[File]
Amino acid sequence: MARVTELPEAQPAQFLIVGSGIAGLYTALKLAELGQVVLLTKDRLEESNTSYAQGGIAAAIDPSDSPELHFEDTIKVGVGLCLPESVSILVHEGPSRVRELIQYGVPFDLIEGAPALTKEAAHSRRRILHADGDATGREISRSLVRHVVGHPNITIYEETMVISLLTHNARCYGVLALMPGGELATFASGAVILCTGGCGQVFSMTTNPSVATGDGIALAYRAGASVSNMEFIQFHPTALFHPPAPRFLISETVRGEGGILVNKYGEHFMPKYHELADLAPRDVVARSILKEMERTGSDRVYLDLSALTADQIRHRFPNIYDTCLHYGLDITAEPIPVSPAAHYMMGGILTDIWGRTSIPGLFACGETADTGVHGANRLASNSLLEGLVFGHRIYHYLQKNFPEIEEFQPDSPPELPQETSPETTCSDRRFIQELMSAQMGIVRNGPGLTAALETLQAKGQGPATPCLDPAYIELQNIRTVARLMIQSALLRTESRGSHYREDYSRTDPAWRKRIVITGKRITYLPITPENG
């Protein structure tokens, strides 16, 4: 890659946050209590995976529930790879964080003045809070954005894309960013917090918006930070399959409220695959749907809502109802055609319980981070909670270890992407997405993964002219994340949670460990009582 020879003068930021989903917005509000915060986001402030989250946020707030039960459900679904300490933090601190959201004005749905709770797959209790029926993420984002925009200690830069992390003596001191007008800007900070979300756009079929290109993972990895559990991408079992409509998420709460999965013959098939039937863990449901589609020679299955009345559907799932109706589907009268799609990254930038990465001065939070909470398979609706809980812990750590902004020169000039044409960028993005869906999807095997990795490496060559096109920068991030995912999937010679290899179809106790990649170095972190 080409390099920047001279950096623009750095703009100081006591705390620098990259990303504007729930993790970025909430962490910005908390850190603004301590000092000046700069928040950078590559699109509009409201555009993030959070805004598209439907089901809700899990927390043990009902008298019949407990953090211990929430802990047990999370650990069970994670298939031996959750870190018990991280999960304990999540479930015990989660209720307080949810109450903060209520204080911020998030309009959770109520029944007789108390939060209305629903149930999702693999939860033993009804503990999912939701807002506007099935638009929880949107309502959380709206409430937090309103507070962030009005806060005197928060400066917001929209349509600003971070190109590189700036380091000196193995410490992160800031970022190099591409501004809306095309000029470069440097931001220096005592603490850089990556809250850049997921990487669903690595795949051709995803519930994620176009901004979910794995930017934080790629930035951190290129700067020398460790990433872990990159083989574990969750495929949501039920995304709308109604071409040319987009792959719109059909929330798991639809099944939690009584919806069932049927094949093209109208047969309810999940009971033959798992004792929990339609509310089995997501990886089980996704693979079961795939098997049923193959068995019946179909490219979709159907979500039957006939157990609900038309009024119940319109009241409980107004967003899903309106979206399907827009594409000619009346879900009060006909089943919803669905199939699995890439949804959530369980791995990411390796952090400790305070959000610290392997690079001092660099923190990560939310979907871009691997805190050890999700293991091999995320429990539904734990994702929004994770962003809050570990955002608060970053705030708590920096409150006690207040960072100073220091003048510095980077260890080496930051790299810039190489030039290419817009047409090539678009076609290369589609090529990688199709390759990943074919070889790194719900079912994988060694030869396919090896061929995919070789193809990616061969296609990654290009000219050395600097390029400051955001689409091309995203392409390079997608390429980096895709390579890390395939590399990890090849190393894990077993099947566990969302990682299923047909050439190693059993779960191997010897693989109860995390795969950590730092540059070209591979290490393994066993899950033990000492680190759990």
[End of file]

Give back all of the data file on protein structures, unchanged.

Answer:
Amino acid sequence: MARVTELPEAQPAQFLIVGSGIAGLYTALKLAELGQVVLLTKDRLEESNTSYAQGGIAAAIDPSDSPELHFEDTIKVGVGLCLPESVSILVHEGPSRVRELIQYGVPFDLIEGAPALTKEAAHSRRRILHADGDATGREISRSLVRHVVGHPNITIYEETMVISLLTHNARCYGVLALMPGGELATFASGAVILCTGGCGQVFSMTTNPSVATGDGIALAYRAGASVSNMEFIQFHPTALFHPPAPRFLISETVRGEGGILVNKYGEHFMPKYHELADLAPRDVVARSILKEMERTGSDRVYLDLSALTADQIRHRFPNIYDTCLHYGLDITAEPIPVSPAAHYMMGGILTDIWGRTSIPGLFACGETADTGVHGANRLASNSLLEGLVFGHRIYHYLQKNFPEIEEFQPDSPPELPQETSPETTCSDRRFIQELMSAQMGIVRNGPGLTAALETLQAKGQGPATPCLDPAYIELQNIRTVARLMIQSALLRTESRGSHYREDYSRTDPAWRKRIVITGKRITYLPITPENG
């Protein structure tokens, strides 16, 4: 890659946050209590995976529930790879964080003045809070954005894309960013917090918006930070399959409220695959749907809502109802055609319980981070909670270890992407997405993964002219994340949670460990009582 020879003068930021989903917005509000915060986001402030989250946020707030039960459900679904300490933090601190959201004005749905709770797959209790029926993420984002925009200690830069992390003596001191007008800007900070979300756009079929290109993972990895559990991408079992409509998420709460999965013959098939039937863990449901589609020679299955009345559907799932109706589907009268799609990254930038990465001065939070909470398979609706809980812990750590902004020169000039044409960028993005869906999807095997990795490496060559096109920068991030995912999937010679290899179809106790990649170095972190 080409390099920047001279950096623009750095703009100081006591705390620098990259990303504007729930993790970025909430962490910005908390850190603004301590000092000046700069928040950078590559699109509009409201555009993030959070805004598209439907089901809700899990927390043990009902008298019949407990953090211990929430802990047990999370650990069970994670298939031996959750870190018990991280999960304990999540479930015990989660209720307080949810109450903060209520204080911020998030309009959770109520029944007789108390939060209305629903149930999702693999939860033993009804503990999912939701807002506007099935638009929880949107309502959380709206409430937090309103507070962030009005806060005197928060400066917001929209349509600003971070190109590189700036380091000196193995410490992160800031970022190099591409501004809306095309000029470069440097931001220096005592603490850089990556809250850049997921990487669903690595795949051709995803519930994620176009901004979910794995930017934080790629930035951190290129700067020398460790990433872990990159083989574990969750495929949501039920995304709308109604071409040319987009792959719109059909929330798991639809099944939690009584919806069932049927094949093209109208047969309810999940009971033959798992004792929990339609509310089995997501990886089980996704693979079961795939098997049923193959068995019946179909490219979709159907979500039957006939157990609900038309009024119940319109009241409980107004967003899903309106979206399907827009594409000619009346879900009060006909089943919803669905199939699995890439949804959530369980791995990411390796952090400790305070959000610290392997690079001092660099923190990560939310979907871009691997805190050890999700293991091999995320429990539904734990994702929004994770962003809050570990955002608060970053705030708590920096409150006690207040960072100073220091003048510095980077260890080496930051790299810039190489030039290419817009047409090539678009076609290369589609090529990688199709390759990943074919070889790194719900079912994988060694030869396919090896061929995919070789193809990616061969296609990654290009000219050395600097390029400051955001689409091309995203392409390079997608390429980096895709390579890390395939590399990890090849190393894990077993099947566990969302990682299923047909050439190693059993779960191997010897693989109860995390795969950590730092540059070209591979290490393994066993899950033990000492680190759990």